Campaign to End Polio
This is Phoebe Zimmerman. And this is Bob Doughty with SCIENCE IN THE NEWS, a VOA Special English program about recent developments in science.
Today, we tell about the deadly disease polio and efforts to end it around the world.
People do not usually celebrate a disease. But recently, in the northern Nigerian village of Rogo, men and women gathered for a special ceremony. The celebration launched National Immunization Days in Nigeria. This is a government-organized campaign to give polio vaccine medicine to more than forty-million Nigerian children under age five. The message of the men and women singing at the event is simple: Parents, give your children the polio vaccine medicine. If you do not, you hurt yourselves and them.
Efforts to end polio around the world started in nineteen-eighty-eight. At that time, four international aid groups launched a campaign to end polio by two-thousand-five. The groups are the World Health Organization, the United Nations Children's Fund, the private group Rotary International and the United States Centers for Disease Control and Prevention. The campaign is called the Global Polio Eradication Initiative.
It has been very successful. Over the past fourteen years, the number of new polio infections around the world has dropped by more than ninety-nine percent.
When the campaign first started, more than three-hundred-fifty-thousand new cases of polio were reported. In two-thousand-one, however, there were just four-hundred-eighty-three new cases. The disease used to infect people in one-hundred-twenty-five countries. Now it is found in fewer than ten countries. Most of these remaining cases are in parts of the world where getting the polio vaccine to children has been difficult.
India, Pakistan and Nigeria currently have the most new cases of polio. These nations share conditions that support the spread of the disease. They include low rates of vaccination, unclean living conditions, weak public health systems, and large crowded populations. Nigeria, for example, has the largest population in Africa – more than one-hundred-twenty-million people.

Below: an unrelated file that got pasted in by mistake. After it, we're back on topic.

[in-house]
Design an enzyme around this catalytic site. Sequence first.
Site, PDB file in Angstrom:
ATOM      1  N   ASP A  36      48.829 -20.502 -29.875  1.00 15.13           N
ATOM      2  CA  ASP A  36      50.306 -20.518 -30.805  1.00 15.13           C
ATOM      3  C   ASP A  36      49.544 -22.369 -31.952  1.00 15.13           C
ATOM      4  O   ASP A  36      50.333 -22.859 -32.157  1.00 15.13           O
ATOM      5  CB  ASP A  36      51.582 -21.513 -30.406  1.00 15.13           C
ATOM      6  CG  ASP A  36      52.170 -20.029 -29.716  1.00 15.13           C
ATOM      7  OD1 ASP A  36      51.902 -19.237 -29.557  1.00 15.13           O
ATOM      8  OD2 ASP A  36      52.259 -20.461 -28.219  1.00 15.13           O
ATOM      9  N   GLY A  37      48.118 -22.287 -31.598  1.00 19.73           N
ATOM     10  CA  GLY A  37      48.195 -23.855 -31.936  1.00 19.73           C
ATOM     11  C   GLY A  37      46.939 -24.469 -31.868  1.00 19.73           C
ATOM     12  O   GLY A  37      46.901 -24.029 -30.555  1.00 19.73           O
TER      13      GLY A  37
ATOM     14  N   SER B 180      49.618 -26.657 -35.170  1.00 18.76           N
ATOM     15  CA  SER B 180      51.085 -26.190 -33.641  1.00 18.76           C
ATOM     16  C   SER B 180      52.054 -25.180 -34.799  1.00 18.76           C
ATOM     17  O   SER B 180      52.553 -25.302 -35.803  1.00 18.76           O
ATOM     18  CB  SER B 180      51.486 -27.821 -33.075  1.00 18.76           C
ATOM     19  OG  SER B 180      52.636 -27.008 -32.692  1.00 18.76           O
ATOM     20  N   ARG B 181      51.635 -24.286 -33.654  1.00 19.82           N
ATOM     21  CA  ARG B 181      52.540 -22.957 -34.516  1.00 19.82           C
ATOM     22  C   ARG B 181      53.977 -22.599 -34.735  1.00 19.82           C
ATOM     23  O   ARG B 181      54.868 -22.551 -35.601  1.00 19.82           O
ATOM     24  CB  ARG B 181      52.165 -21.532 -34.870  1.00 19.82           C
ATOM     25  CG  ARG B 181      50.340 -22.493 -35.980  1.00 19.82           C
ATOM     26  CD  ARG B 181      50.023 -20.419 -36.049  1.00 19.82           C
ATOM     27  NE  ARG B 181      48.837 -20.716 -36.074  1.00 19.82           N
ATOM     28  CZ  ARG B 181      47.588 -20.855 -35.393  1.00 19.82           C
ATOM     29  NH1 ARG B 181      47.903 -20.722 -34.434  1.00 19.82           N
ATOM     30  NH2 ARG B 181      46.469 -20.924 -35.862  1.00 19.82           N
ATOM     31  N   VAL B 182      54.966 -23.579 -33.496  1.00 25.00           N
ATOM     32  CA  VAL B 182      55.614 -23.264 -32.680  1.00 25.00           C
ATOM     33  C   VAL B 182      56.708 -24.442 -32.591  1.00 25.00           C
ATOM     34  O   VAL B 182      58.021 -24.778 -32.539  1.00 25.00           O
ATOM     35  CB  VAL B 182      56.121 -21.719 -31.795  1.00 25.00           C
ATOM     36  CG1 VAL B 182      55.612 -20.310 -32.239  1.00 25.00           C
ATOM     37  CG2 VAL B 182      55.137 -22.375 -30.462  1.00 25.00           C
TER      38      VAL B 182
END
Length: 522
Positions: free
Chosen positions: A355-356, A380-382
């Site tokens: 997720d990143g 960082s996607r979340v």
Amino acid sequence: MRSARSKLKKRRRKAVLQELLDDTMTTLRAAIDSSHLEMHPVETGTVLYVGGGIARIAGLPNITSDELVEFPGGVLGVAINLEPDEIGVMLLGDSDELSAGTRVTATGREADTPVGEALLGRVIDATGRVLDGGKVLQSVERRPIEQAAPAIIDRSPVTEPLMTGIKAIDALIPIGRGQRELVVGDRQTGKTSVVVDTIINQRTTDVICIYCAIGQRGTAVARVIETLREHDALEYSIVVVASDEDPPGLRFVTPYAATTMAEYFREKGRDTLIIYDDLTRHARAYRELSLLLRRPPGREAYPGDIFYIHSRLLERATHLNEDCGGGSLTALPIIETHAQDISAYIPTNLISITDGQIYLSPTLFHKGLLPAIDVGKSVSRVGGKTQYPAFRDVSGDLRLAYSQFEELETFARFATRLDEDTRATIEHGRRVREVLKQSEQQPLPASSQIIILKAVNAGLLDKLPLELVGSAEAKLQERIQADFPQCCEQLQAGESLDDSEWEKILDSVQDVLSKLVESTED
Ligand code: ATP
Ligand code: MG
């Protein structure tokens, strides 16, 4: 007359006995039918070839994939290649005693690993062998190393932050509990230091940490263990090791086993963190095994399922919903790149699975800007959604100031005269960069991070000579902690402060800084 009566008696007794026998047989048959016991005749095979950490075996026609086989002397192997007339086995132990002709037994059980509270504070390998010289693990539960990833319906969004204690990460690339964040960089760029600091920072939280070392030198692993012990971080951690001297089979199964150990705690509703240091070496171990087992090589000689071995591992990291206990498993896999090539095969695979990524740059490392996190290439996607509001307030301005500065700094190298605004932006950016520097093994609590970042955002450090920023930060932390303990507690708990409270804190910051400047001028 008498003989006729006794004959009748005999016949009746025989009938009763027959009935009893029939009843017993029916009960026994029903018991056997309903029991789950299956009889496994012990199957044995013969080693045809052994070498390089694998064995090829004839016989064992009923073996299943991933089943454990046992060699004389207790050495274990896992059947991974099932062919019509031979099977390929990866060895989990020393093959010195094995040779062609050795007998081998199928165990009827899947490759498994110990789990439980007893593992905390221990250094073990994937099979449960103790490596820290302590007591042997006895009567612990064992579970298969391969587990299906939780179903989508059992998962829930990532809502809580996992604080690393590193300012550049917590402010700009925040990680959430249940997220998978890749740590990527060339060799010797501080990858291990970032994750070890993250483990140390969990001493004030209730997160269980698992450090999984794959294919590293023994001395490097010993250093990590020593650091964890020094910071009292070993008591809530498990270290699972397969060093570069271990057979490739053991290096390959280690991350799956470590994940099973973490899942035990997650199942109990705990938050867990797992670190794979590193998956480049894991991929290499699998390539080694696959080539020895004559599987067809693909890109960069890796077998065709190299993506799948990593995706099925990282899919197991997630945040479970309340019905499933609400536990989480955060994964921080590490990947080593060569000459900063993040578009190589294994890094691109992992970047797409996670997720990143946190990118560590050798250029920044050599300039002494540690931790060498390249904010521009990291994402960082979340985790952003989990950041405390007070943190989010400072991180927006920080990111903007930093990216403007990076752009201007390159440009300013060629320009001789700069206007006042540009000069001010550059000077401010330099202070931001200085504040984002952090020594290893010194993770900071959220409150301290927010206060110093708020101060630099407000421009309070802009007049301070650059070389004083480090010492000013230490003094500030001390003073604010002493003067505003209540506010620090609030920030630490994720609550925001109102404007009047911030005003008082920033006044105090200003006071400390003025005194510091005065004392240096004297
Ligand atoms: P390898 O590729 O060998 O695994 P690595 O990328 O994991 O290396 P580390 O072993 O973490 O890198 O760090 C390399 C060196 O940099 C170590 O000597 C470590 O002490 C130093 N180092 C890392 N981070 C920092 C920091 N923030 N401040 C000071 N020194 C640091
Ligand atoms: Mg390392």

This is why the Nigerian government holds National Immunization Days several times a year. During these special campaigns, trained health workers bring the polio vaccine to children in every house in every village throughout the country.
In some countries, medical teams find it difficult to vaccinate children against polio. This is because communities are far from cities, or in areas where travel is difficult. Conflicts are also a problem in some countries. Sometimes travel is not permitted or areas are too dangerous to enter. These workers in Nigeria, however, were lucky. They were able to bring the polio vaccine to all the country's villages.
Polio is an infectious disease caused by a virus. It can affect people at any age. However, it usually affects children under age three. The virus enters through the mouth and then grows inside the throat and intestines.
It can spread quickly through communities in drinking water infected with human waste. It can also be passed through human touch, such as kissing an infected person.
Signs of polio include a high temperature, stomach sickness, and pain in the head and neck. Once the poliovirus becomes established in the intestines, it can spread to the blood and nervous system. When this happens, victims can become paralyzed. They lose the ability to move. This paralysis is almost always permanent. In very serious cases, the paralysis can lead to death because victims are not able to breathe.
Stephen Cochi (CO-chee) heads international vaccination efforts at the Centers for Disease Control and Prevention in the United States. He says that one in two-hundred polio-infected children in high-risk populations will become permanently paralyzed. The other children will become carriers of the virus and may spread the disease to other people.